The vague wording of some provisions, called “constructive ambiguities”, helped to secure acceptance of the agreement and postpone debate on some of the most controversial issues. These include paramilitary dismantling, police reform and the standardisation of Northern Ireland. In a context of political violence during the unrest, the agreement committed participants to “exclusively democratic and peaceful ways to resolve disputes over political issues.” This had two aspects: a referendum was held on both sides of the Irish border (like Brexit, but certainly not Brexit) so that people could decide whether or not they wanted the deal. Northern Ireland has lived with this agreement for 20 years and its name (in any form) is never far from the tip of our politicians` tongues. These institutional arrangements, which have been established in these three areas, are defined in the agreement as “interdependent and interdependent”. In particular, it is found that the functioning of the Northern Ireland Assembly and the North-South Council of Ministers is “so closely linked that the success of the other depends on the success of the other”, and participation in the North-South Council of Ministers is “one of the essential tasks related to the relevant posts in [Northern Ireland and the Republic of Ireland]”. The main problems that Sunningdale omitted and addressed in the Belfast Agreement are the principle of self-determination, the recognition of both national identities, Anglo-Irish intergovernmental cooperation and legal procedures to make power-sharing compulsory, such as inter-municipal voting and the D`Hondt system for appointing ministers for the executive.   Tommy McKearney, a former IRA member and journalist, argues that the main difference is the British government`s intention to negotiate a comprehensive agreement by involving the IRA and the more intransigent unionists.  With regard to the right to self-determination, the jurist Austen Morgan cites two qualifications. Firstly, the transfer of territories from one State to another must be done through an international agreement between the British and Irish Governments. Secondly, the people of Northern Ireland can no longer bring a united Ireland alone; they need not only the Irish Government, but also the citizens of their neighbouring country, Ireland, to support unity. Morgan also pointed out that, unlike the Ireland Act 1949 and the Northern Ireland Constitution Act 1973, drawn up under Sunningdale, the 1998 Agreement and the resulting UK legislation explicitly provided for the possibility of a united Ireland.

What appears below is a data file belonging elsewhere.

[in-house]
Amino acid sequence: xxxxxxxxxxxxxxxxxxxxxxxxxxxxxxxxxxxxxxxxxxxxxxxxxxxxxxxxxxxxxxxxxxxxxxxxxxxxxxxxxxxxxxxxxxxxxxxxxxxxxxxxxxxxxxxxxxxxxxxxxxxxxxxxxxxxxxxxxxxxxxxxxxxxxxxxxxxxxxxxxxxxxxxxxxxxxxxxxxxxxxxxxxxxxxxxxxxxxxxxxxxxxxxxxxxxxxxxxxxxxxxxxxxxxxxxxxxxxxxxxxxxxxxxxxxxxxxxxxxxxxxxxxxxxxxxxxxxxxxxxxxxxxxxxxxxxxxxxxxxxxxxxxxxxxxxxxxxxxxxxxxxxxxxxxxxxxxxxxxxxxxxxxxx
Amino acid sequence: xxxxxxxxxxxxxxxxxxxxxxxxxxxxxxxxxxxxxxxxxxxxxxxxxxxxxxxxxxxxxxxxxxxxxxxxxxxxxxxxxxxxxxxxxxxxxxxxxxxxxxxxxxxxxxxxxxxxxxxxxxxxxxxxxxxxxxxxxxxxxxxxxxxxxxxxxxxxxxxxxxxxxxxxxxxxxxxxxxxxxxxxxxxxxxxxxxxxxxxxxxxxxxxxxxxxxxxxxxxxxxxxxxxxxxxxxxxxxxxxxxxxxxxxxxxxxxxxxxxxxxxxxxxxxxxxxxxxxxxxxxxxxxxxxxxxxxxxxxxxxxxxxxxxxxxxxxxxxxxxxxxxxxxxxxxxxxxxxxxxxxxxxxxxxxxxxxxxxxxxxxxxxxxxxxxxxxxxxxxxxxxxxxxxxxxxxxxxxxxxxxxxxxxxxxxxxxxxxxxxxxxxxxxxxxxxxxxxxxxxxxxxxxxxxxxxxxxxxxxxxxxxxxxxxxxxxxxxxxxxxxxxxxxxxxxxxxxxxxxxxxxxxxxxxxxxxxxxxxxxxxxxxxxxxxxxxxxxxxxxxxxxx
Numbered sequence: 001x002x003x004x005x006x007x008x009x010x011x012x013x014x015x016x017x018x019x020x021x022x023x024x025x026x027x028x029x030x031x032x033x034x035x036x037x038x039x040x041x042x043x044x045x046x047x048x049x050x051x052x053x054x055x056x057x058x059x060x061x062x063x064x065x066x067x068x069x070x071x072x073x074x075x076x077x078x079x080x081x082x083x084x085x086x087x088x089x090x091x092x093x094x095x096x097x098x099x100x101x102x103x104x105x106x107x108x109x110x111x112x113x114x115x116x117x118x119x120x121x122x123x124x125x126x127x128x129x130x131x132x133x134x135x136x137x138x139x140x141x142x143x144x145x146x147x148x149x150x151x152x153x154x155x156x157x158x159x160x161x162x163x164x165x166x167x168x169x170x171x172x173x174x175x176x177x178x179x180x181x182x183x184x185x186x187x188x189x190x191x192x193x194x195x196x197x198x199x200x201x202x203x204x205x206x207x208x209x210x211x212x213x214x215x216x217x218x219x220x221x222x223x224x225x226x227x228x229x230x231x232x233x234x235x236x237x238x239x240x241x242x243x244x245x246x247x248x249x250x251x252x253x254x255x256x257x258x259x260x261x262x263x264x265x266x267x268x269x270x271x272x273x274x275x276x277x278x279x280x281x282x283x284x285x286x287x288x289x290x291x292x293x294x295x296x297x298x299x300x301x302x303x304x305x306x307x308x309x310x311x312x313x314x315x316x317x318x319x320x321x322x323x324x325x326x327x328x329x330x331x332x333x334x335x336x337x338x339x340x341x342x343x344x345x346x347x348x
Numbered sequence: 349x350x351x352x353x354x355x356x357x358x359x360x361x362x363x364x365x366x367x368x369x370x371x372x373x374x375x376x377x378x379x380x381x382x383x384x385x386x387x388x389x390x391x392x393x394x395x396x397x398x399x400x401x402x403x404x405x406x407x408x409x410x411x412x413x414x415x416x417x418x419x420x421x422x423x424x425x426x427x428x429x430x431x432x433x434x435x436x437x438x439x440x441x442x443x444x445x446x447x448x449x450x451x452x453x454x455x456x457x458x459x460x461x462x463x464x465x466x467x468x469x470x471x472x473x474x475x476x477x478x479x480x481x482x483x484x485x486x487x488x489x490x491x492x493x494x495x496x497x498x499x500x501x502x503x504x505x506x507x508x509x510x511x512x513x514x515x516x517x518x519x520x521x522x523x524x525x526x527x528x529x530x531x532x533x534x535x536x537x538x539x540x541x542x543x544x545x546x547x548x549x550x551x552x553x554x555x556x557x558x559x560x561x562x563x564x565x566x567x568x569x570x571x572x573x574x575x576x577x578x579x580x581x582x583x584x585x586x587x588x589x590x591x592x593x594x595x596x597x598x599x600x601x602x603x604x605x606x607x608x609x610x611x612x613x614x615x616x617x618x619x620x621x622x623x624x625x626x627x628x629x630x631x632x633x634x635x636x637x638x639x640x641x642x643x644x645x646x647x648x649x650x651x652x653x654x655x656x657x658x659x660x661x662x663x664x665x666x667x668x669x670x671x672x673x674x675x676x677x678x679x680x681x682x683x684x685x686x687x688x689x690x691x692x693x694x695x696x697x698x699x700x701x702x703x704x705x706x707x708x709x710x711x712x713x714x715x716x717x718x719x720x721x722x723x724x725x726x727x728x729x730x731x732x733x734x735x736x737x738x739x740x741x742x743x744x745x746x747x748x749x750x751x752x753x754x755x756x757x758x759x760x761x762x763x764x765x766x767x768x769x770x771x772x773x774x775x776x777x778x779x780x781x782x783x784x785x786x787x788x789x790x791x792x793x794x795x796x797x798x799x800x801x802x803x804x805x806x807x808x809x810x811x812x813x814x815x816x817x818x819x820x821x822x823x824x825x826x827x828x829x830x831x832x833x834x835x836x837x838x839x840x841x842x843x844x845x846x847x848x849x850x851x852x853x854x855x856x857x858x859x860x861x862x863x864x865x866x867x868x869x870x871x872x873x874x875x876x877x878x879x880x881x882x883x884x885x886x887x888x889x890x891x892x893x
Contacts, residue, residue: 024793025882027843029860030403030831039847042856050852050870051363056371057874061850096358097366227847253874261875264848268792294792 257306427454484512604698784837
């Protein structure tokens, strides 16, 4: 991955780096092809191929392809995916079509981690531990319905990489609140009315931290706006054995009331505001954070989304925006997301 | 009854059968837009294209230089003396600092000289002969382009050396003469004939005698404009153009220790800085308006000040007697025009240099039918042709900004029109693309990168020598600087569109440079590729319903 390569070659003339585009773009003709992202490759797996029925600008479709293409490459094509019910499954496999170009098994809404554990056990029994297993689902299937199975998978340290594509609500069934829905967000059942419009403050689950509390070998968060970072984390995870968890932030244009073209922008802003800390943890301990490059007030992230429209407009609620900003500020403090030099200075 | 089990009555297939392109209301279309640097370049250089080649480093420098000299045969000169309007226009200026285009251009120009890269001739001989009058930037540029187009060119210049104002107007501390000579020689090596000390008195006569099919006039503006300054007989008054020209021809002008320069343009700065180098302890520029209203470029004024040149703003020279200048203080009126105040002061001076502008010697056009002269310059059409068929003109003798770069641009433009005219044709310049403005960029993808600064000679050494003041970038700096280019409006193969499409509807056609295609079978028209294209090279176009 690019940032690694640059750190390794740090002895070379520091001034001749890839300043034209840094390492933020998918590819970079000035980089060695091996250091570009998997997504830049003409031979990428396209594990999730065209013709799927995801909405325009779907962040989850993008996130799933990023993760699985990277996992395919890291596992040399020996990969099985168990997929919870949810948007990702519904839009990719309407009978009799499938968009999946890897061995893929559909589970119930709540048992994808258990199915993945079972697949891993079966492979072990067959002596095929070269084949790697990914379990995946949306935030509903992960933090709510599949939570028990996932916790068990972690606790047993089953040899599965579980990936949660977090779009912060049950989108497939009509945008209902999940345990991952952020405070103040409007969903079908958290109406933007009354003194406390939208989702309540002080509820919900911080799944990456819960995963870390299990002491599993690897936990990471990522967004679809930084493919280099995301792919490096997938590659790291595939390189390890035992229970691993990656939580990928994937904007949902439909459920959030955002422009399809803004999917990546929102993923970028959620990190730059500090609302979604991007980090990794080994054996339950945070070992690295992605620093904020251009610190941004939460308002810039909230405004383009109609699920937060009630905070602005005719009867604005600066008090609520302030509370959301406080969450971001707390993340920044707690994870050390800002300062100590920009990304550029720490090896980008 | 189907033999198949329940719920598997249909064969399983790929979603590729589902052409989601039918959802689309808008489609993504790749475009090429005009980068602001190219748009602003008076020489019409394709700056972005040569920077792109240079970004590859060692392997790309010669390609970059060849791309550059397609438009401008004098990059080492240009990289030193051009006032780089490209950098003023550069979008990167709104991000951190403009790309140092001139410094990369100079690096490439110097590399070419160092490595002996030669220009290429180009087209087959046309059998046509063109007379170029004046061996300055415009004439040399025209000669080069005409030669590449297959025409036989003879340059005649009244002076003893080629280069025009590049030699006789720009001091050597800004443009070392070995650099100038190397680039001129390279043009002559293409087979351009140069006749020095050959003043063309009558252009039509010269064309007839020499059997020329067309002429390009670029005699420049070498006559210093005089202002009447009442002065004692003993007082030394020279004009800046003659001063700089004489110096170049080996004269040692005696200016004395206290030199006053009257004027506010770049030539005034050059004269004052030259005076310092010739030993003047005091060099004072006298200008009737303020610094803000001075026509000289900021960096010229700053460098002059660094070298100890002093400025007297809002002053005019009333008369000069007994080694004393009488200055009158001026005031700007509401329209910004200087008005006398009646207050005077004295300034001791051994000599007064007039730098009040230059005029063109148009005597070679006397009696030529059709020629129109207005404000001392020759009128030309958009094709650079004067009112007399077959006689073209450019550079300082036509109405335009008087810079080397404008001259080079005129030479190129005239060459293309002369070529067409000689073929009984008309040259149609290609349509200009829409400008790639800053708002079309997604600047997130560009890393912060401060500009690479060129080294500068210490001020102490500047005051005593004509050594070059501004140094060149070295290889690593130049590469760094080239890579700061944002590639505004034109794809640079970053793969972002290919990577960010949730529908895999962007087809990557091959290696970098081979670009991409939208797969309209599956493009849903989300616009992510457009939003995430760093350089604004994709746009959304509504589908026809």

The conference takes the form of regular and frequent meetings between British and Irish ministers to promote cooperation between the two governments at all levels. . . .